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Article
December 1961

Unilateral Pulmonary Arteriosclerosis: Unusual Fibrous Connective Tissue Growth Associated; Review of Literature and Discussion of Possible Physiological Mechanisms Involved in These Changes

Author Affiliations

CLEVELAND

Assistant Professor of Medicine, Department of Medicine, Western Reserve University and University Hospitals of Cleveland (Dr. Inkley); Fellow in Pathology, Western Reserve University, Institute of Pathology (Dr. Abbott).

Arch Intern Med. 1961;108(6):903-915. doi:10.1001/archinte.1961.03620120087012
Abstract

An extensive fibrous connective tissue proliferation suggestive of retroperitoneal fibrosis or chronic mediastinitis is reported here. Aside from being the most extensive involvement that we can find after reviewing the literature, this lesion produced a most interesting natural experiment in the development of pulmonary arteriosclerosis. This change was unilateral and associated with complete obstruction of the pulmonary vein on the involved side. Although there have been several case reports of pulmonary vein obstruction in association with a similar lesion, none of these has been unilateral and unaccompanied by cor pulmonale.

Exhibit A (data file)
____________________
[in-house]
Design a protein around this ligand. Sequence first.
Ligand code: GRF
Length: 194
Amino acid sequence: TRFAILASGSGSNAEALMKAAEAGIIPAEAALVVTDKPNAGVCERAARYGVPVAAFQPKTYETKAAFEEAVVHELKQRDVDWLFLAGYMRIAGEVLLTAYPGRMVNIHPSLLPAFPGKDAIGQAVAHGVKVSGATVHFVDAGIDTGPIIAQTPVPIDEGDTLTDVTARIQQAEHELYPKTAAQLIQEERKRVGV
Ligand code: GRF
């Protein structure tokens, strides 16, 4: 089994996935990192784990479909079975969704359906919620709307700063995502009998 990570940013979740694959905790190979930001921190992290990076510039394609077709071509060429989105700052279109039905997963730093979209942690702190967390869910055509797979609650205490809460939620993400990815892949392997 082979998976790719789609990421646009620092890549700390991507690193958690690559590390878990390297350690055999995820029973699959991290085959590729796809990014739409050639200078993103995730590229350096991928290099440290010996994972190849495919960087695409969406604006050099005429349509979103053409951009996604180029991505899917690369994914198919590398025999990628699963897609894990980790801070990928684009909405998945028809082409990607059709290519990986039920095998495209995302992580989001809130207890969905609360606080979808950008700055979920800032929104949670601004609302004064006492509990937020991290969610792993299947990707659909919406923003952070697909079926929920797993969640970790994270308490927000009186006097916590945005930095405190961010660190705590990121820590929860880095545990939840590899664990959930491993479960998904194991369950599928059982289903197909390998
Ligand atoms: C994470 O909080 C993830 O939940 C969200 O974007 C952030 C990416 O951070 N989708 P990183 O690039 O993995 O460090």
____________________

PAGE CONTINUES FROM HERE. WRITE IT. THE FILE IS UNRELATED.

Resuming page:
Report of Case  His first admission was in 1951, at age 39, because of a history of hemoptysis which was of 9 years' duration. In 1942 he had gone to Arizona for several months following a period of heavy cough, mild hemoptysis, fever, and weight loss from which he made an uneventful recovery. Chest x-rays at that time are said

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